Protein in ruminant diets
Wednesday September 25, 2013
Protein is a vital nutrient for growth, production, reproduction and production of other important organic compounds such as hormones and enzymes. Protein is present in most common livestock feeds such as pasture silage, hay, cereal grain, legumes and protein meals. Ruminant production, especially dairy cattle, relies heavily on pasture as the major source of protein to drive milk production.
Ruminant livestock require approximately 14-22% crude protein in their diet depending on age, level of production and other husbandry factors. Grazing system relying on high quality pasture can bring excessive levels of protein (>24%) in the animal’s diet creating a constraint to production maximisation and a range of metabolic challenges. Ruminant has to remove excessive protein from their body into faces and urine. This removal process requires energy, which otherwise could have used to produce meat, wool and milk.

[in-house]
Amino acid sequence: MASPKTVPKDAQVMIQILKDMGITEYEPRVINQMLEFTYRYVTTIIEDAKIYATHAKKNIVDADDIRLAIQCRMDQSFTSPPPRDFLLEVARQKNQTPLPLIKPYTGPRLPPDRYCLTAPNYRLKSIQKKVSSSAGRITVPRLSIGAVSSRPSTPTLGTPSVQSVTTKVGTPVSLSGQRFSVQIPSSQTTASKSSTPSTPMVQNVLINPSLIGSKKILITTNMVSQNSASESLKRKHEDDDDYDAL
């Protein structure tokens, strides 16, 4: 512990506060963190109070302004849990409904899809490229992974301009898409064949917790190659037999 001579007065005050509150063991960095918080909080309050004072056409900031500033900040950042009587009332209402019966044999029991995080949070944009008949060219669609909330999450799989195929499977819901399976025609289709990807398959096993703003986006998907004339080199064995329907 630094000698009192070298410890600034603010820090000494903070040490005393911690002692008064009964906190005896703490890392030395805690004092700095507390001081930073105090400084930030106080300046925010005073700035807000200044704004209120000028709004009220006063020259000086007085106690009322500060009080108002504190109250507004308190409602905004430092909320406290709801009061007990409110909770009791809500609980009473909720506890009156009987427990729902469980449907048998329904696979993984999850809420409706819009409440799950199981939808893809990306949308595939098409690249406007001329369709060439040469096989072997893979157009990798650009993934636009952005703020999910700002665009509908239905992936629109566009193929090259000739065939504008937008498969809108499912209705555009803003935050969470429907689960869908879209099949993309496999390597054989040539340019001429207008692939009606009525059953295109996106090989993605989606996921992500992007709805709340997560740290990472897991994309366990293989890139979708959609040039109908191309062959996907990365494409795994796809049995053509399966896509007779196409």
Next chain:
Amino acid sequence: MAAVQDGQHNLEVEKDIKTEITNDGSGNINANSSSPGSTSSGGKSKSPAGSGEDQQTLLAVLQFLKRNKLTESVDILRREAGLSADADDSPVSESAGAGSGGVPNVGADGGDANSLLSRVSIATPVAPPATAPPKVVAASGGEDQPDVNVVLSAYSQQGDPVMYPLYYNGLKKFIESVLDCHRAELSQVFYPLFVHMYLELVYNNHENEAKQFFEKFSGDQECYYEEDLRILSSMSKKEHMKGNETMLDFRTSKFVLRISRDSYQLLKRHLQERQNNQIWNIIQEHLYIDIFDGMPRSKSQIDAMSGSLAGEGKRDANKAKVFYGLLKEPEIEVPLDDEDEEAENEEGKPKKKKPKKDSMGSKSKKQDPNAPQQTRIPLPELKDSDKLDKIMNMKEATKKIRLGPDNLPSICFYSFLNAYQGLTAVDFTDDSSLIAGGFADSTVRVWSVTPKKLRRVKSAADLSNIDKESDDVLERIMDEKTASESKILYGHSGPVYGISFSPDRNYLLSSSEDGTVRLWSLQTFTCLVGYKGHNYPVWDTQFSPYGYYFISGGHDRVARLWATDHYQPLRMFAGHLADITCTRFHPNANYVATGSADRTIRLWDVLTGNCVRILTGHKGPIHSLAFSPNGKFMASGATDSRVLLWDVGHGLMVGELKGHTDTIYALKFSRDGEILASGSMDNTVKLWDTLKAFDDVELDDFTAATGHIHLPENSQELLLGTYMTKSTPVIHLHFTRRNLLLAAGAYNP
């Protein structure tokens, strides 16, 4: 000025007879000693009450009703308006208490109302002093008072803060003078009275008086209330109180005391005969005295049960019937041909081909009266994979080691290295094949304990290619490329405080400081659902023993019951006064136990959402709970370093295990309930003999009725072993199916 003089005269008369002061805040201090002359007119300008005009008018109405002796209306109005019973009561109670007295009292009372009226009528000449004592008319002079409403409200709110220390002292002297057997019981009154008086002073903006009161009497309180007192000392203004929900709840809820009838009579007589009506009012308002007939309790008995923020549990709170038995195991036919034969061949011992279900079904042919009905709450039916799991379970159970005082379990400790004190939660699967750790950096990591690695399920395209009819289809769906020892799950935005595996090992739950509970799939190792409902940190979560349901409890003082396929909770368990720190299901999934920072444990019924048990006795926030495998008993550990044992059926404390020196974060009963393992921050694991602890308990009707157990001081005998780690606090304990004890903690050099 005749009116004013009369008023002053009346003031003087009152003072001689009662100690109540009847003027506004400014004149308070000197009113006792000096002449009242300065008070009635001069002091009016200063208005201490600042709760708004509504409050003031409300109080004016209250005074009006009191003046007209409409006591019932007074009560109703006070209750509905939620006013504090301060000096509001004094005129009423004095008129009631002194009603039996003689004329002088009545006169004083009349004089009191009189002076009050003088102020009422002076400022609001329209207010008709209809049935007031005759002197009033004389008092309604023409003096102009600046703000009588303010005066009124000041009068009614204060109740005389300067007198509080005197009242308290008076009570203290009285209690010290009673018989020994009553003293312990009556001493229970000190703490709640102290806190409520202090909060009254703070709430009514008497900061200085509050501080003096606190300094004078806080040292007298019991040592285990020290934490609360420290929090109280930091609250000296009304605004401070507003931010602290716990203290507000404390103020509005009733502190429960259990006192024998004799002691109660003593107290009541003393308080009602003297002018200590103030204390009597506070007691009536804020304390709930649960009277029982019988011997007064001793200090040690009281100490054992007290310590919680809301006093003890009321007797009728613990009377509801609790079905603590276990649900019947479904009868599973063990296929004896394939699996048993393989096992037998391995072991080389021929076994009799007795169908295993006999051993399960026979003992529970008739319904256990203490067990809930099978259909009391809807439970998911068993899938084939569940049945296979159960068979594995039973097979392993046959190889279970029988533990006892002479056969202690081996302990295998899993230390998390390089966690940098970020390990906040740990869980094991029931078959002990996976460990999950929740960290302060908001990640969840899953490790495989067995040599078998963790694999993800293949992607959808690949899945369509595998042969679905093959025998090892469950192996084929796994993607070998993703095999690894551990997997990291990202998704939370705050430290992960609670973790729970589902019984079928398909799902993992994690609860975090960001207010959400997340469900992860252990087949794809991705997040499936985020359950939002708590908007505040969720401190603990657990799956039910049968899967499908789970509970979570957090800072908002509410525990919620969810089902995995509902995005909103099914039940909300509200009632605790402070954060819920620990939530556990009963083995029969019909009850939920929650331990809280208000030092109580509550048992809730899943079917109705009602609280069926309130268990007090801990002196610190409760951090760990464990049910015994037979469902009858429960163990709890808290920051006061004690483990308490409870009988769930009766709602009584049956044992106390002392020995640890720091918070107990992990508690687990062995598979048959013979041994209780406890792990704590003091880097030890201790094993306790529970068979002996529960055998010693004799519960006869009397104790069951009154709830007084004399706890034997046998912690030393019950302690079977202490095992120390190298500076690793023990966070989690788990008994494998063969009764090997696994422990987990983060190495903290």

Proteins of natural origin (plant & animal) are made of 21 amino acids in a huge array of combinations and are not always the same. The animal has protein requirement, and within the animal individual organs and tissues have unique nutrient requirements. Mammary tissues have higher glucose requirements to produce lactose to drive milk volume; specific amino acids such as Methionine and Lysine in cow’s diet can positively alter milk solid composition or the lack of it can constrain milk production and cow’s potential dry matter intake especially in early stage of lactation.
For more information about managing protein speak to your CopRice nutritionist on 1800 267 742